3. Bertrand, Natasha. “It looks like Russia hired internet trolls to pose as pro-Trump Americans.” Business Insider. July 27, 2017, 8:23 AM.  http://www.businessinsider.com/russia-internet-trolls-and-donald-trump-2016-7
  4. Nakamura, David. “Investigation of Russian hacking is a ‘witch hunt,’ Trump says. Washington Post. January 6, 2017, 11:21 PM. https://www.washingtonpost.com/politics/investigation-of-russian-hacking-is-a-witch-hunt-trump-says/2017/01/06/cf330600-d430-11e6-a783-cd3fa950f2fd_story.html?utm_term=.642f31c7cc17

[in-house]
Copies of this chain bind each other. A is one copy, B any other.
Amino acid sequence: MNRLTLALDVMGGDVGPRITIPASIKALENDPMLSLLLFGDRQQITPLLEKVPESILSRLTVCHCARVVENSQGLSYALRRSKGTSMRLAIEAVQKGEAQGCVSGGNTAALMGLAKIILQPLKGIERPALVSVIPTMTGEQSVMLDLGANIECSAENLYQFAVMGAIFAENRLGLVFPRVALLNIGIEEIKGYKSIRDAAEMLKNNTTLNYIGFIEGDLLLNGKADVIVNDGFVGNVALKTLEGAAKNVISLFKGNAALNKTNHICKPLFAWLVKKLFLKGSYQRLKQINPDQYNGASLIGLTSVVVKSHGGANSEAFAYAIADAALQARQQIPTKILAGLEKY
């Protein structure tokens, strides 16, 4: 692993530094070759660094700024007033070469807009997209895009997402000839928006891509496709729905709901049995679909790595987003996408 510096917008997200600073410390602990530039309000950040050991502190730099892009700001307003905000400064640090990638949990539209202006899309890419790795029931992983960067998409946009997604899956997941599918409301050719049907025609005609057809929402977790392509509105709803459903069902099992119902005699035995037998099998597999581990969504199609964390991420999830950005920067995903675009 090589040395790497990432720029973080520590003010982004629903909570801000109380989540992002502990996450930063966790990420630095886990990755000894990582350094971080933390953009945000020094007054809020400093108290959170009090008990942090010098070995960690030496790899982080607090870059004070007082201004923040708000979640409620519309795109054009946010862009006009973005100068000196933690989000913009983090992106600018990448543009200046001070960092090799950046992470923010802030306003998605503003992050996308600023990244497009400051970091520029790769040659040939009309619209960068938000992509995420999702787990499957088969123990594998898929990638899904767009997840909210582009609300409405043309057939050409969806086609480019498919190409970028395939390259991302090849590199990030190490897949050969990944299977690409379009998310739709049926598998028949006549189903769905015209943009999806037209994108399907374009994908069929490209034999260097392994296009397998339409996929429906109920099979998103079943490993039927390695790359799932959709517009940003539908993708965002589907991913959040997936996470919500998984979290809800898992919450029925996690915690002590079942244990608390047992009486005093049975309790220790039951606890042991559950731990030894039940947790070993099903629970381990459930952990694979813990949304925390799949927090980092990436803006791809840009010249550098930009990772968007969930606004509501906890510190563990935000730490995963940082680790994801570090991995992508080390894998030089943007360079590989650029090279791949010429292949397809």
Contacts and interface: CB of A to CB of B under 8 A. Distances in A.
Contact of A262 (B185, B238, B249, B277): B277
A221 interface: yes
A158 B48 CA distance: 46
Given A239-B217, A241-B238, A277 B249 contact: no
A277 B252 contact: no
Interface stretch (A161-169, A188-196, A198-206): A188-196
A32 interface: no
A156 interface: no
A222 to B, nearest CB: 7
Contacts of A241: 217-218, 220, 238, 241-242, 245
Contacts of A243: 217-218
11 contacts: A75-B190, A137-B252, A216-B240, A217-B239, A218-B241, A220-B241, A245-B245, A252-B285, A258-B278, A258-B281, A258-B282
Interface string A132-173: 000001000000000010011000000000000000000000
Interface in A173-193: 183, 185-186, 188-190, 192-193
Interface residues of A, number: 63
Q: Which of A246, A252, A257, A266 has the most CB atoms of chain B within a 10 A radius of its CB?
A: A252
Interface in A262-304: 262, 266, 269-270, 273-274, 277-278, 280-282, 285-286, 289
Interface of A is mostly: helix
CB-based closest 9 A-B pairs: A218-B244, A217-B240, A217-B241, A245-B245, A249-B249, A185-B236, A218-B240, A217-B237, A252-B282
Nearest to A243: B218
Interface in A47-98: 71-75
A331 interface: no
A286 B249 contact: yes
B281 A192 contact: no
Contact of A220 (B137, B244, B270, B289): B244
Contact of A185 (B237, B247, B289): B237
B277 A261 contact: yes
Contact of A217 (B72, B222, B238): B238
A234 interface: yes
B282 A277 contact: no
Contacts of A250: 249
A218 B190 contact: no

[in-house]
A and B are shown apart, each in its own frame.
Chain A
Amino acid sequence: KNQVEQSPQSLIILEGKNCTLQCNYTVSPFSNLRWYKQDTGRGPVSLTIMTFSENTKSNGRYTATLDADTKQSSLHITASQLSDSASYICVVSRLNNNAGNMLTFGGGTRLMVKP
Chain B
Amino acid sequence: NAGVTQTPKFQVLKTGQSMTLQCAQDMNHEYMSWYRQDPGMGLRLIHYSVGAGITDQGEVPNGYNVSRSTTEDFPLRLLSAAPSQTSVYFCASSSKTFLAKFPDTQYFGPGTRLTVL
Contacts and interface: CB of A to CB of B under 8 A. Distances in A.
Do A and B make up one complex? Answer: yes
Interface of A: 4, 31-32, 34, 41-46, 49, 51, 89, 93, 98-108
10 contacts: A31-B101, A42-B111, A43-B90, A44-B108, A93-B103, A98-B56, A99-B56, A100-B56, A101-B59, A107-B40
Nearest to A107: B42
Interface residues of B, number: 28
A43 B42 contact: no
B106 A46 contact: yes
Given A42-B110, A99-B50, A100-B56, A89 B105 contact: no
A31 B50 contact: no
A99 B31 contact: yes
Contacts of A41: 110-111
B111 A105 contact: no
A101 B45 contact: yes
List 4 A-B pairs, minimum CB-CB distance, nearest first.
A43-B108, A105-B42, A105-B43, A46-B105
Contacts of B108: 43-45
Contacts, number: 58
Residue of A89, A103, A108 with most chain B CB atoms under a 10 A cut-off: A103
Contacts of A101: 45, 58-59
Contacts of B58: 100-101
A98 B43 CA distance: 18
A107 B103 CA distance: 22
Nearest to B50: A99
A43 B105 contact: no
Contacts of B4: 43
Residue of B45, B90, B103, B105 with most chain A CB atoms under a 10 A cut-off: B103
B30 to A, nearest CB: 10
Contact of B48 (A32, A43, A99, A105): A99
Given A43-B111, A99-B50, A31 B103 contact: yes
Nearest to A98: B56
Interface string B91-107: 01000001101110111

5. Giles, Keir. Research paper. “Russia’s ‘New’ Tools for Confronting the West: Continuity and Innovation in Moscow’s Exercise of Power.” Russia and Eurasia Programme. Chatham House, The Royal Institute of International Affairs, London. March 2016.  https://www.chathamhouse.org/sites/files/chathamhouse/publications/research/2016-03-21-russias-new-tools-giles.pdf
  6.  Cerulus, Laurens. “Germany fires back at Breitbart for report on New Year’s ‘riot’: Police called the night ‘average to quiet.’ Politico.  January 7, 2017, 2:50 PM CET. Updated January 7, 2017, 2:52 PM CET.  http://www.politico.eu/article/germany-fires-back-at-breitbart-for-report-on-new-years-riot/